After 2 years in full remission, I decided I wanted to try going off the quetiapine, and my psychiatrist was agreeable. We tapered down the dose gradually, and at first, it seemed like I was going ok, until suddenly it wasn’t. I got really slowed down with psychomotor retardation, and ended up having to go back on the quetiapine as well as up my dose of lithium. Clearly, I needed my full med cocktail.

Going without a prescriber

It wasn’t too long afterwards that I experienced some traumatic events and became quite depressed again. My psychiatrist’s reaction was tremendously invalidating, so I stopped seeing him. I’d recently begun seeing a new GP, and when I told her why I wasn’t seeing the psychiatrist anymore, she came out with the same invalidating comments he did. There was no way I was going to see her again, so she booked me to see another GP at the same clinic. That one ended up being even worse.

I couldn’t bear the thought of going to see another doctor, so I decided to do a gradual taper with the meds I had on hand and then stop. It wasn’t that I wanted to stop taking meds, I just wasn’t willing to see another doctor. Not surprisingly, that strategy didn’t work out very well for me. I was barely sleeping despite taking everything over-the-counter I could think of.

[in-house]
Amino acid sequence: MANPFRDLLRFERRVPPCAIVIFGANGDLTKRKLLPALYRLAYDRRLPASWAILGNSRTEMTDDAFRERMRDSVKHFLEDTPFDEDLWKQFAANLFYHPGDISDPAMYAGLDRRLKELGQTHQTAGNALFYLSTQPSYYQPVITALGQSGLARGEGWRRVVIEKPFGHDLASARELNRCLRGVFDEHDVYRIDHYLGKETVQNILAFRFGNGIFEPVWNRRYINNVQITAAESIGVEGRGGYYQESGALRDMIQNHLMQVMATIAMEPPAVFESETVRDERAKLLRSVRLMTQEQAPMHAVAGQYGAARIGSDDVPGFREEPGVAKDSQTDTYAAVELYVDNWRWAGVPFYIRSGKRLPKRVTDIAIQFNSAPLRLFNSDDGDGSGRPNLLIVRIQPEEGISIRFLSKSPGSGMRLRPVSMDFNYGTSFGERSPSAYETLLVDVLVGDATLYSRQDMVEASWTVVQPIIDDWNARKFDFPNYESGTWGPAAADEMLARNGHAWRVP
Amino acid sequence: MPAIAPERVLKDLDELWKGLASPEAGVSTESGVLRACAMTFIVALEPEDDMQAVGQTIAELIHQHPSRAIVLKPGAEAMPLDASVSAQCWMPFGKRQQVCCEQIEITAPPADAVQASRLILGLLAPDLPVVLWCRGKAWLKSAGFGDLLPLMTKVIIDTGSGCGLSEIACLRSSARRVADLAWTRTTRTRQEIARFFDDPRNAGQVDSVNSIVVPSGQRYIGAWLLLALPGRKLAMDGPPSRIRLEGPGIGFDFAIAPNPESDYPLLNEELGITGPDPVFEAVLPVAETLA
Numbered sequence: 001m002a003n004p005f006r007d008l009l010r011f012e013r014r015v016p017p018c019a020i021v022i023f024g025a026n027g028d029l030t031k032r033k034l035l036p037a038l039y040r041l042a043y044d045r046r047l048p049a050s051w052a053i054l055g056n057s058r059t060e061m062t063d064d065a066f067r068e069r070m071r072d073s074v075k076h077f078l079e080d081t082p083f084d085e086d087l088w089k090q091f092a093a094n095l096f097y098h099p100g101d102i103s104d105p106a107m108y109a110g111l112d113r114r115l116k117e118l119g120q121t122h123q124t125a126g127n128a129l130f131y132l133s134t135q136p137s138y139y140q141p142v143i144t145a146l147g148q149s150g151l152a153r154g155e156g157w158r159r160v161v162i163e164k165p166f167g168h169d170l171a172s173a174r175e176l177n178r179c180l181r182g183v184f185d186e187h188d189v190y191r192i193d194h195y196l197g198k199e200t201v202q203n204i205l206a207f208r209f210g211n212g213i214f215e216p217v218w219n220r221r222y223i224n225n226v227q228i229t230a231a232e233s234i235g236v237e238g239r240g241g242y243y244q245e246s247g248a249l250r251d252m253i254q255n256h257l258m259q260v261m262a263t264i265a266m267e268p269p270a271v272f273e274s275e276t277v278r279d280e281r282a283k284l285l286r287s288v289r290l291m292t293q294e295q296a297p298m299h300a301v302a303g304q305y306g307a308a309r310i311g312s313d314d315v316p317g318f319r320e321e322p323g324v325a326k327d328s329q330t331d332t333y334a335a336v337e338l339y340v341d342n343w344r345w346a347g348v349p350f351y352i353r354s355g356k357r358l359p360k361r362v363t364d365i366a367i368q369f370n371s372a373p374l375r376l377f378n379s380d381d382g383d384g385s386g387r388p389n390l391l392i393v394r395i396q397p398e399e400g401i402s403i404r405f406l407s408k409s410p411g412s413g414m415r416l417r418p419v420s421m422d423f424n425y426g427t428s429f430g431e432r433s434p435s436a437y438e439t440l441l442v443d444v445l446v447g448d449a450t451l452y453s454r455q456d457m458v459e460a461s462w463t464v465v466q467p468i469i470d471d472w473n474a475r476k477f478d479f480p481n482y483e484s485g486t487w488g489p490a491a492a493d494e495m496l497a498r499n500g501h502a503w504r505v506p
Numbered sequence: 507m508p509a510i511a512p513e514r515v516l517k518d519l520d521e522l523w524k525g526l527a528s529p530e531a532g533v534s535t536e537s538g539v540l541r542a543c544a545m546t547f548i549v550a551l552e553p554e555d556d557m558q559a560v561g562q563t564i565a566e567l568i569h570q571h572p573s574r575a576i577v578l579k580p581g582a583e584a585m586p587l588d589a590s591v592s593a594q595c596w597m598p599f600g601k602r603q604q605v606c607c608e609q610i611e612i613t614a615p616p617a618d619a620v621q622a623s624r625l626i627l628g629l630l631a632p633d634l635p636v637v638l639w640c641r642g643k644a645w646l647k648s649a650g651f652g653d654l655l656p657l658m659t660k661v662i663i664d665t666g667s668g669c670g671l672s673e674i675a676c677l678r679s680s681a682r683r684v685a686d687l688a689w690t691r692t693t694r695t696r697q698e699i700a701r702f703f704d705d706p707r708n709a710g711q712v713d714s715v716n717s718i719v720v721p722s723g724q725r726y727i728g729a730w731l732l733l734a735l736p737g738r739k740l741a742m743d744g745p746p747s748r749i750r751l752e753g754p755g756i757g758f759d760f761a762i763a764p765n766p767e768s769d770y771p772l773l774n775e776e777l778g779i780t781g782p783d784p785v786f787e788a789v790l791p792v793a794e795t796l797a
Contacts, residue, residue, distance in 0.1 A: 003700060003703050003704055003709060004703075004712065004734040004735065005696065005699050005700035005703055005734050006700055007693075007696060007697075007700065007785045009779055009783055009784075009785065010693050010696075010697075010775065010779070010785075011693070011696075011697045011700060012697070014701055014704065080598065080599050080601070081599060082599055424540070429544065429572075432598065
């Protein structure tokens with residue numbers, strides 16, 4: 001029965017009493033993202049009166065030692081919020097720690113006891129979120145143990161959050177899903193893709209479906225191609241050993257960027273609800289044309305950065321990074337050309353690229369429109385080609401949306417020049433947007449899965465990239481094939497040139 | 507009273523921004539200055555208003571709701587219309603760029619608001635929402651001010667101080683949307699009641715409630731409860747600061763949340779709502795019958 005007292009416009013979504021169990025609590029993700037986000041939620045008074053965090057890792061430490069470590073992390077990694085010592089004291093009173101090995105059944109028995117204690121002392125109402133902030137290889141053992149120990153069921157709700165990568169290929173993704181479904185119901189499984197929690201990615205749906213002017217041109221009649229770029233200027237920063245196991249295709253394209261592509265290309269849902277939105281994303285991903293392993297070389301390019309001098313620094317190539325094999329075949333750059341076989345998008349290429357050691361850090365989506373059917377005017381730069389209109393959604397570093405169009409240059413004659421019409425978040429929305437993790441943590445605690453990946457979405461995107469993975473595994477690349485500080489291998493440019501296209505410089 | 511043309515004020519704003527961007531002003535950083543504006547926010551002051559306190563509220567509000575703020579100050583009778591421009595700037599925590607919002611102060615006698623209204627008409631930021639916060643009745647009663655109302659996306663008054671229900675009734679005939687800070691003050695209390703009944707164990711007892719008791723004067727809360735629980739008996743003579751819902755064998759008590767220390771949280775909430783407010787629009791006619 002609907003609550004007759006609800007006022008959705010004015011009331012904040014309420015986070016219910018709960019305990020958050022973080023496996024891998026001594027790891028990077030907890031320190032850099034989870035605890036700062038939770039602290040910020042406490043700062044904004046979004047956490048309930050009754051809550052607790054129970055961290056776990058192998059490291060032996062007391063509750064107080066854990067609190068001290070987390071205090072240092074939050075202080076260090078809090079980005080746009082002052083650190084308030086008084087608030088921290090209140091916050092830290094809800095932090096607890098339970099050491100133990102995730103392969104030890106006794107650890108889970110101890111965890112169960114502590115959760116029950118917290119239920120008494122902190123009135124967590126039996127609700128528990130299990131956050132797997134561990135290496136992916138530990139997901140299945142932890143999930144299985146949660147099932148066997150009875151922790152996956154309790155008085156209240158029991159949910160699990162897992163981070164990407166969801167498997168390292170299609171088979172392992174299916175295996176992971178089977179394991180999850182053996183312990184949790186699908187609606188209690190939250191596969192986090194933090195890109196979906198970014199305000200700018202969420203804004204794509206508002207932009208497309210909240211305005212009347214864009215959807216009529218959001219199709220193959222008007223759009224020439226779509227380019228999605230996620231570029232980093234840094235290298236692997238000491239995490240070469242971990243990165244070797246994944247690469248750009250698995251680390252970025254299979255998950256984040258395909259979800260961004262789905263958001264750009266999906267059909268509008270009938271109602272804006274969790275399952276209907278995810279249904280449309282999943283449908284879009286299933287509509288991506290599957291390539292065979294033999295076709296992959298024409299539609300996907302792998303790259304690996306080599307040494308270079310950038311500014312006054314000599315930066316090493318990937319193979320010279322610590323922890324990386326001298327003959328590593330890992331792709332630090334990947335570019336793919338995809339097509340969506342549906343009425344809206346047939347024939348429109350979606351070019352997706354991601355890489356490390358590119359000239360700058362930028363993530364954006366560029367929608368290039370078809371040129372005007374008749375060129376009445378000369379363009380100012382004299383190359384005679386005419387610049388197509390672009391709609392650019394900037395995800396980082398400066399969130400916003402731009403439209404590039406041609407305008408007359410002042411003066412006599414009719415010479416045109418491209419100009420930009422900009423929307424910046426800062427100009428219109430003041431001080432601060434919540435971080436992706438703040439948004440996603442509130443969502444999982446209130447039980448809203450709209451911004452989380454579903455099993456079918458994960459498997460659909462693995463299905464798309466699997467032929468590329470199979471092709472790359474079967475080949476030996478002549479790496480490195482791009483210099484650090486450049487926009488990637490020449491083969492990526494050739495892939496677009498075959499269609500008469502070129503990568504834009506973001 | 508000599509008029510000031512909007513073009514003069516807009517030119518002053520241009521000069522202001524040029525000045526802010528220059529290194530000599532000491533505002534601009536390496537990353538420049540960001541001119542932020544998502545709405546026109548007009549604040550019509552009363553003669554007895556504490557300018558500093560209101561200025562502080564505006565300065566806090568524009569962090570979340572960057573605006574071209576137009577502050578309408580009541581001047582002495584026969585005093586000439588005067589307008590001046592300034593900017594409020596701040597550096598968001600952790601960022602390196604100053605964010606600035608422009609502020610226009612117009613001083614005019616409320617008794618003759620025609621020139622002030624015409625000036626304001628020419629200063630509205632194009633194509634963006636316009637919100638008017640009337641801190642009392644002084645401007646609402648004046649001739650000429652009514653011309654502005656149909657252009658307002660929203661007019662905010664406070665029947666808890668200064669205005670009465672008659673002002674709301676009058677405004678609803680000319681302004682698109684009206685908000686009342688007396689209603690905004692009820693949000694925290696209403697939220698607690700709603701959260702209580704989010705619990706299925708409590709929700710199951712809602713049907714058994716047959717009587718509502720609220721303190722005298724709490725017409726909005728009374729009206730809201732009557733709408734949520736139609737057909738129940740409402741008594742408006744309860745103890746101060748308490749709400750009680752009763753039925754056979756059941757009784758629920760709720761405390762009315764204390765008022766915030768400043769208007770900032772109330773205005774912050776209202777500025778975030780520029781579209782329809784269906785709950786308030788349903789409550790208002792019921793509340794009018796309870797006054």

It was when I decided that I needed to go back on meds that I found my current GP, who’s very reasonable and pragmatic. Even so, there have been a couple of times that I’ve thought screw it, there’s no point going in to get my meds reordered because I just feel like crap anyway.

My logical mind is very adamant that I need meds. Unfortunately, sometimes depression sneaks in and twists things around. For me, I don’t think that will ever go away, no matter how pro-meds I am most of the time.

Do you have experience going off meds in the past? What was that like?